Please ask an URGI account
You are here : Home / Home Wheat / About us / Publications / Developing data interoperability using standards : a wheat community use case


International,  ACL (papers with reading comittee)

F1000Research, 2017, 6 : 1843.

17 Nov 2017   Developing data interoperability using standards : a wheat community use case

Dzale Yeumo, W. E. ; Alaux, M. ; Arnaud, E. ; Aubin, S. ; Baumann, U. ; Buche, P. ; Cooper, L. ; Ćwiek-Kupczyńska, H. ; Davey, R. P. ; Fulss, R. A. ; Jonquet, C. ; Laporte ; Larmande, P. ; Pommier, C. ; Protonotarios, V. ; Reverte, C. ; Shrestha ; Subirats, I. ; Venkatesan, A. ; Whan, A. ; Quesneville, H.

In this article, we present a joint effort of the wheat research community, along with data and ontology experts, to develop wheat data interoperability guidelines. Interoperability is the ability of two or more systems and devices to cooperate and exchange data, and interpret that shared information. Interoperability is a growing concern to the wheat scientific community, and agriculture in general, as the need to interpret the deluge of data obtained through high-throughput technologies grows. Agreeing on common data formats, metadata, and vocabulary standards is an important step to obtain the required data interoperability level in order to add value by encouraging data sharing, and subsequently facilitate the extraction of new information from existing and new datasets. During a period of more than 18 months, the RDA Wheat Data Interoperability Working Group (WDI-WG) surveyed the wheat research community about the use of data standards, then discussed and selected a set of recommendations based on consensual criteria. The recommendations promote standards for data types identified by the wheat research community as the most important for the coming years: nucleotide sequence variants, genome annotations, phenotypes, germplasm data, gene expression experiments, and physical maps. For each of these data types, the guidelines recommend best practices in terms of use of data formats, metadata standards and ontologies. In addition to the best practices, the guidelines provide examples of tools and implementations that are likely to facilitate the adoption of the recommendations. To maximize the adoption of the recommendations, the WDI-WG used a community-driven approach that involved the wheat research community from the start, took into account their needs and practices, and provided them with a framework to keep the recommendations up to date. We also report this approach’s potential to be generalizable to other (agricultural) domains.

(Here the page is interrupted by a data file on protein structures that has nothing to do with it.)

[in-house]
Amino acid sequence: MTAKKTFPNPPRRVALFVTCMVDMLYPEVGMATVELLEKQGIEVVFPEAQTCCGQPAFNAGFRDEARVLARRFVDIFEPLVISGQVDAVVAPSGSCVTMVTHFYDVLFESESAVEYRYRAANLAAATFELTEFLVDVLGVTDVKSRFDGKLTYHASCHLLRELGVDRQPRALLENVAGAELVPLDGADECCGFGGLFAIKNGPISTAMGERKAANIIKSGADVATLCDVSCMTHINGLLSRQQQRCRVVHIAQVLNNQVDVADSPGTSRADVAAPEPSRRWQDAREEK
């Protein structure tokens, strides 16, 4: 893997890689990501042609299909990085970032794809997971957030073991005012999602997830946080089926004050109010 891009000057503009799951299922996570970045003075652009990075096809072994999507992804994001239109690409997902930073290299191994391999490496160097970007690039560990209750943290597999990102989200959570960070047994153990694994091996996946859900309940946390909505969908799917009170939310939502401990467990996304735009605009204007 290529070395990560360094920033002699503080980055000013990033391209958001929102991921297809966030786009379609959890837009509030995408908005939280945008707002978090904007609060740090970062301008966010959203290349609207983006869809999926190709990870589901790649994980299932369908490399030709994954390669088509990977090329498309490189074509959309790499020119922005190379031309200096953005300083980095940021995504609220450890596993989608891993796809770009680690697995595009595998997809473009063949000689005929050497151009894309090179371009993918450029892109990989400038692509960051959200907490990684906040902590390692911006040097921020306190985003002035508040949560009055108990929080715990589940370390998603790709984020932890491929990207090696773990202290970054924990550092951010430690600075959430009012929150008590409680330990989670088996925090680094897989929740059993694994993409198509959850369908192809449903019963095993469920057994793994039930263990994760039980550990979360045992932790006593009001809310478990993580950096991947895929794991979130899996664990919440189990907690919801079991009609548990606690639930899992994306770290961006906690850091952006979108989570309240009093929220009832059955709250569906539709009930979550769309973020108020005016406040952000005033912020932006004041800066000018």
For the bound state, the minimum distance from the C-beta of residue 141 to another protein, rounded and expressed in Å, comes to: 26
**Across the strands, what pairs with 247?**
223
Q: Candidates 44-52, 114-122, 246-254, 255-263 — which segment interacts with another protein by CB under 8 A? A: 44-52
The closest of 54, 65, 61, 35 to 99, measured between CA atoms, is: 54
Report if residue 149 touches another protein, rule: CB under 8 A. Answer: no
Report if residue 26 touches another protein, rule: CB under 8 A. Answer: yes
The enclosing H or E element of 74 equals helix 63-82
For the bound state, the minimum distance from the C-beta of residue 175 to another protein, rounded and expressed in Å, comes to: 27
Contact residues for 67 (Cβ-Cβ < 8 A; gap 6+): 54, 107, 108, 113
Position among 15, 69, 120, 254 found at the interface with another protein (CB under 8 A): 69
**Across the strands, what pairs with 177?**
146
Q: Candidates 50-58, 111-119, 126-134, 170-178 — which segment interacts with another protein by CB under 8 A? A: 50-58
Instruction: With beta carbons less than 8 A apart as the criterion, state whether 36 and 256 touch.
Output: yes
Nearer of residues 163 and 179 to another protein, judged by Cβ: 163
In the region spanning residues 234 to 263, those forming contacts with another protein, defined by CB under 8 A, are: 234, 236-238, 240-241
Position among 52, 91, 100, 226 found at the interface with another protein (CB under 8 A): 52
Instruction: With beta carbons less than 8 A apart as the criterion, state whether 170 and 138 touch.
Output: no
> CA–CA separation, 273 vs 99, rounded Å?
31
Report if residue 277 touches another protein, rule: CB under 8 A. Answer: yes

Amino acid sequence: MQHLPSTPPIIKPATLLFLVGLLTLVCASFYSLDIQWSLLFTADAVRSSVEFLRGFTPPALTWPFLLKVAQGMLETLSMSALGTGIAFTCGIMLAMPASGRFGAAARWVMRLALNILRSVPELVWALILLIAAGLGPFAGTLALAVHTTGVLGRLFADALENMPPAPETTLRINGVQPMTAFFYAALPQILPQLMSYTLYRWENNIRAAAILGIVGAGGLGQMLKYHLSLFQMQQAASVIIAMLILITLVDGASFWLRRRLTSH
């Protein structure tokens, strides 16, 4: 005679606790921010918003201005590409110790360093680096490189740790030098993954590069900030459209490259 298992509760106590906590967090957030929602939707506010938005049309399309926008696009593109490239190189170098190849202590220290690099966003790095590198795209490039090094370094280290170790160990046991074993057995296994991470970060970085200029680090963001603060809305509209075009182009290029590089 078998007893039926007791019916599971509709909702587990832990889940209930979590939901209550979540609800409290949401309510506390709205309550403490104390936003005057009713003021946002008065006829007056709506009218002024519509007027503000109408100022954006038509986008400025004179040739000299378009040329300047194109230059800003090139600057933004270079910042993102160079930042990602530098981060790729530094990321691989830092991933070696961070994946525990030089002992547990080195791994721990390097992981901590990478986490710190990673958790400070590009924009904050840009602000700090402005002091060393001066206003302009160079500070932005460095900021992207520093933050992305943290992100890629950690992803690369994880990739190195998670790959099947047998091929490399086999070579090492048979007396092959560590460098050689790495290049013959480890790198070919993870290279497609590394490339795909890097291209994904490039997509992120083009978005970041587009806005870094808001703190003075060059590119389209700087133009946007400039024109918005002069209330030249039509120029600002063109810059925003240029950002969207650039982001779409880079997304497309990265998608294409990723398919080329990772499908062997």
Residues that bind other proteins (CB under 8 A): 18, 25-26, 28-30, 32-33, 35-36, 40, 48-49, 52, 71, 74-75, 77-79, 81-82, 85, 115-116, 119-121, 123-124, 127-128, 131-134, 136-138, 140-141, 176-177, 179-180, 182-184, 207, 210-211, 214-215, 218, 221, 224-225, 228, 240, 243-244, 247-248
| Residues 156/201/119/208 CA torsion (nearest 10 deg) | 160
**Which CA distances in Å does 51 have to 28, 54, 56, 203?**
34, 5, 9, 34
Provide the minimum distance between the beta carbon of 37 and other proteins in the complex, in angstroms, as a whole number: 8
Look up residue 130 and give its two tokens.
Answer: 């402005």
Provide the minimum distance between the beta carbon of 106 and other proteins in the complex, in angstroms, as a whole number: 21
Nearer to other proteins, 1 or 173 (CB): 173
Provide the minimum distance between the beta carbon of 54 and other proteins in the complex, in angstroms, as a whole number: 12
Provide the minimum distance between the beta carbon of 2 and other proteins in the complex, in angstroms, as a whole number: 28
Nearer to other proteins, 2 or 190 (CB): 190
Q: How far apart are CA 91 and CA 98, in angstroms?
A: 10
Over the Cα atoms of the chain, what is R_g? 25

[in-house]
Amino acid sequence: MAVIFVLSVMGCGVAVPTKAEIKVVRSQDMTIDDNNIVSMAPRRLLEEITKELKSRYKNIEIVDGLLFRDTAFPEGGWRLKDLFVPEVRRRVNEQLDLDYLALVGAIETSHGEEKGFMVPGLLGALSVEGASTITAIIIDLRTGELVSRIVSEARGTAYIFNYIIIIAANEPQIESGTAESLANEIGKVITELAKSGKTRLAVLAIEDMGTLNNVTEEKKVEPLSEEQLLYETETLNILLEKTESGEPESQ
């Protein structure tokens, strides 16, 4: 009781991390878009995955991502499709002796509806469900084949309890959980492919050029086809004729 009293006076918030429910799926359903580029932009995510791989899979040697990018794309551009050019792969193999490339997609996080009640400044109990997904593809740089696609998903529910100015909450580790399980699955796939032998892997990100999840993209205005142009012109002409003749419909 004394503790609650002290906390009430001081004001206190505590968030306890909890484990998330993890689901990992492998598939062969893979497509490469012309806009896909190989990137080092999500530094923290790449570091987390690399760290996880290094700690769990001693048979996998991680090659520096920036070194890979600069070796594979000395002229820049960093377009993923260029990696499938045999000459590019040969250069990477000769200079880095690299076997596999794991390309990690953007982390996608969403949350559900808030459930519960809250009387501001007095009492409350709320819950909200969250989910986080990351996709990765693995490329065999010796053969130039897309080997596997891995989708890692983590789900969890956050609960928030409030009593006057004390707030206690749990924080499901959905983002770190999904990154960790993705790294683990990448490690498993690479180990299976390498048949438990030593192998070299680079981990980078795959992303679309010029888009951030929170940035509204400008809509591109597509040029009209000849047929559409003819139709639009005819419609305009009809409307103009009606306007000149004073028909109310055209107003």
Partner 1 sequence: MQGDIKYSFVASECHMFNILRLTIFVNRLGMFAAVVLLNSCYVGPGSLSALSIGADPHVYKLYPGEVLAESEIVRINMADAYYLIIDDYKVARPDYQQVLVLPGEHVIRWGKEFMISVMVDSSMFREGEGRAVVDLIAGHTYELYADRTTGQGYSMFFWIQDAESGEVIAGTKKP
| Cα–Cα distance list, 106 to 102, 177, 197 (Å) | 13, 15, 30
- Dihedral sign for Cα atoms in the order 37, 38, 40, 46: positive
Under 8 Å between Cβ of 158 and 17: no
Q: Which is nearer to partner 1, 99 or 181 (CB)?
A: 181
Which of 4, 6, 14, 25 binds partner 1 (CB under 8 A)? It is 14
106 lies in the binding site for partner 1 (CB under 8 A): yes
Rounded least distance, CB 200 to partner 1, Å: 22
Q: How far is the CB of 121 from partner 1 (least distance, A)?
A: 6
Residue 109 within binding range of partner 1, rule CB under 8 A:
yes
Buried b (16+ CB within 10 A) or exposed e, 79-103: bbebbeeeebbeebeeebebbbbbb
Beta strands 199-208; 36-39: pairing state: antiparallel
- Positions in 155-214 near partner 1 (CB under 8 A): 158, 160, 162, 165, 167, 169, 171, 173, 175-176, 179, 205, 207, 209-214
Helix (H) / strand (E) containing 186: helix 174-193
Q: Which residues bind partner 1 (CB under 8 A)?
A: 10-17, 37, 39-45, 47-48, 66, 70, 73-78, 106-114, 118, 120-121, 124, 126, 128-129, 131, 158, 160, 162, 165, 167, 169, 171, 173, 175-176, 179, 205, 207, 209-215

2017_Dzale Yeumo_F1000Research.pdf

Creation date: 30 Nov 2017